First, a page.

Lena Dunham will paint a mural in your home. Adam Scott will walk your dog. Natasha Lyonne will help you finish the Sunday crossword.
A typical Hollywood charity auction, like the Baby2Baby Gala, might consist of beauty sessions with sought-after dermatologists, autographed books and set memorabilia, and the occasional five-minute photo op. It might also be closed to the public, available only to those connected individuals who can afford to bid richly.
The charity auction organized by the Union Solidarity Collective, a group of writers and directors who came together this year to help crew members affected by the Writers Guild strike, is trying something different: It offers dozens of quirky experiences, many featuring hidden talents of celebrities that have little to nothing to do with their current career paths. (For example: The “Oppenheimer” actor David Krumholtz has pledged to donate a three-song Zoom serenade to the highest bidder.)
The strike, now in its fourth month, has left writers and crews without paychecks and health care coverage. All of the net proceeds from the T.U.S.C. charity auction will go to the Motion Picture & Television Fund’s crew health care fund. Qualifying crew members (those with less than $10,000 in assets) can enroll for a $350 grant, which — depending on their income — can help cover most if not all of their monthly insurance costs.
“Right now the W.G.A. is on strike, and SAG is on strike. At the end of the day we’re going to get a better contract that’s going to give us different levels of money,” said the actor and comedian Paul Scheer, who donated a meet-and-greet for his popular podcast “How Did This Get Made?” “But the crew members who are not negotiating with us because they’re on a different cycle — they’re just losing work and there’s no benefit there.”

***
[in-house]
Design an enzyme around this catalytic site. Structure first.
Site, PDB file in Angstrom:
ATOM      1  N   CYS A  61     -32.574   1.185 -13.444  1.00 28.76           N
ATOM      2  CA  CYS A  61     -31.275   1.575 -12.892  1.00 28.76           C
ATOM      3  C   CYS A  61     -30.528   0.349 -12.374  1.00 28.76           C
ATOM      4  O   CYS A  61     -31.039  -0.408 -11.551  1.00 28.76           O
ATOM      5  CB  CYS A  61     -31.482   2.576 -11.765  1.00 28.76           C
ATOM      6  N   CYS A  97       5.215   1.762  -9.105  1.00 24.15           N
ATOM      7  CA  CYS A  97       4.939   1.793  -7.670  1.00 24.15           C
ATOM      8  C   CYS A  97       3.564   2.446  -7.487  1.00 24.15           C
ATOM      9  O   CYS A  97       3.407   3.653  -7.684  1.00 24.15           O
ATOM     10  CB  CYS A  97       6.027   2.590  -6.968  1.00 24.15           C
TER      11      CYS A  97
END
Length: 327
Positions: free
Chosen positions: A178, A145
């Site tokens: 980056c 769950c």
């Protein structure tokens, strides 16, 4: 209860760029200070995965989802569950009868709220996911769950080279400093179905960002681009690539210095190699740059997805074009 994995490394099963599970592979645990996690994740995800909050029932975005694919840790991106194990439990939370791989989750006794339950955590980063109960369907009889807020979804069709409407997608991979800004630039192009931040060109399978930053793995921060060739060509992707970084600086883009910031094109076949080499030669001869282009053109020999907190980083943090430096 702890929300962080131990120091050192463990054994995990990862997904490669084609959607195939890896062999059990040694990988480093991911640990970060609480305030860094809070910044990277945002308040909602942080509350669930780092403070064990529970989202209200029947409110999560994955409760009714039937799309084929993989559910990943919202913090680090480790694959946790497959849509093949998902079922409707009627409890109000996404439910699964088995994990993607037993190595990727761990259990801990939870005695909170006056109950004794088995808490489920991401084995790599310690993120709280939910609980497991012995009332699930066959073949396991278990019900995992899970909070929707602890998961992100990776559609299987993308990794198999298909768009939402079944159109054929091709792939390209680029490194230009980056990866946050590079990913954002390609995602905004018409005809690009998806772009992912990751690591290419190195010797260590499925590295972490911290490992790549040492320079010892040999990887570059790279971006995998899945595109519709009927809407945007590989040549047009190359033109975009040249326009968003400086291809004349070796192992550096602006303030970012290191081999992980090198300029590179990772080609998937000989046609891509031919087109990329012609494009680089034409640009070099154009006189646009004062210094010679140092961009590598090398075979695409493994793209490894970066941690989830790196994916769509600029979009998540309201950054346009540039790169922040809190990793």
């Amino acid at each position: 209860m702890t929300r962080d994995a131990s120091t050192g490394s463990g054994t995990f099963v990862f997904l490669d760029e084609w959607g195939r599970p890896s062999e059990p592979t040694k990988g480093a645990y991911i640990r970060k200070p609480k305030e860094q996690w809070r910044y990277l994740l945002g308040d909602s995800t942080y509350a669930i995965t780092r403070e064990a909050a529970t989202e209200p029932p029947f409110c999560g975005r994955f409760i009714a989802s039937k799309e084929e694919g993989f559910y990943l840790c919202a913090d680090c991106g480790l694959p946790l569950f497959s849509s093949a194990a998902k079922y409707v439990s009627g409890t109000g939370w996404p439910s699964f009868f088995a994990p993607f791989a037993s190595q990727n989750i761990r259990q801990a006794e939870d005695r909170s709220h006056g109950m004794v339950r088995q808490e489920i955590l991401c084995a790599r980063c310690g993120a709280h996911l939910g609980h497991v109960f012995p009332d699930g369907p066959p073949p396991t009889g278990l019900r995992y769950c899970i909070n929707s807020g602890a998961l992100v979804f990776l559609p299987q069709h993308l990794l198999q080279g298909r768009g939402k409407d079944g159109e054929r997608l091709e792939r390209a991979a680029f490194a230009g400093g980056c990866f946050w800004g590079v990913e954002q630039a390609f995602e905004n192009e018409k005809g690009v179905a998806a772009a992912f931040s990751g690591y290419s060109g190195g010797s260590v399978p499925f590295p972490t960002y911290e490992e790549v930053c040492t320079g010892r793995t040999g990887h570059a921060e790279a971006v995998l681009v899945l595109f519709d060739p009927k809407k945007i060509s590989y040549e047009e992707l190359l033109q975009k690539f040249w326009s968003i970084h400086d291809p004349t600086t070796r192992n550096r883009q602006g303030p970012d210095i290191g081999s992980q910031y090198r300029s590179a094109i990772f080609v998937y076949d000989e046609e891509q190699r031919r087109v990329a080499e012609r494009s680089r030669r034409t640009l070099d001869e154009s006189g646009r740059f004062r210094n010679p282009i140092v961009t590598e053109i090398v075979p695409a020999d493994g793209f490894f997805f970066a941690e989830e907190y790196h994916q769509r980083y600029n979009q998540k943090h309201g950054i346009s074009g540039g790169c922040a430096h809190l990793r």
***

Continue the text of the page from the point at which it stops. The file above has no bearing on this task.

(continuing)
Many of the listings have bids of thousands of dollars. Ms. Dunham’s mural, which must be painted in Los Angeles, New York or London, is currently going for $5,100. “I really hope whoever wins my mural is prepared to give me a lot of coffee, tell me about their life in detail so I can translate that into colors and shapes — and that it can be its own new bonding experience,” Ms. Dunham said in an email.
John Lithgow, the Emmy- and Golden Globe-winning actor who donated an original watercolor dog painting, said he’d painted numerous pet portraits for other silent auctions. “I was going to be an artist until I heard too much applause, and then I became an actor,” he joked.
The set crews, he said, “work harder than we do: They’re two hours before we arrive and they leave an hour or two after we’re finished, and they don’t have a trailer to retire to 20 times a day.”
The auction, which started on Sept. 13 and runs for 10 days, is one of the many ways in which the members of T.U.S.C. have tried to help their projects’ crew members stave off financial hardship. In July, the group organized a fund-raiser in Los Angeles featuring a performance by the band Fishbone, which, coupled with another small celebrity auction on the website Give Butter, raised $315,000. .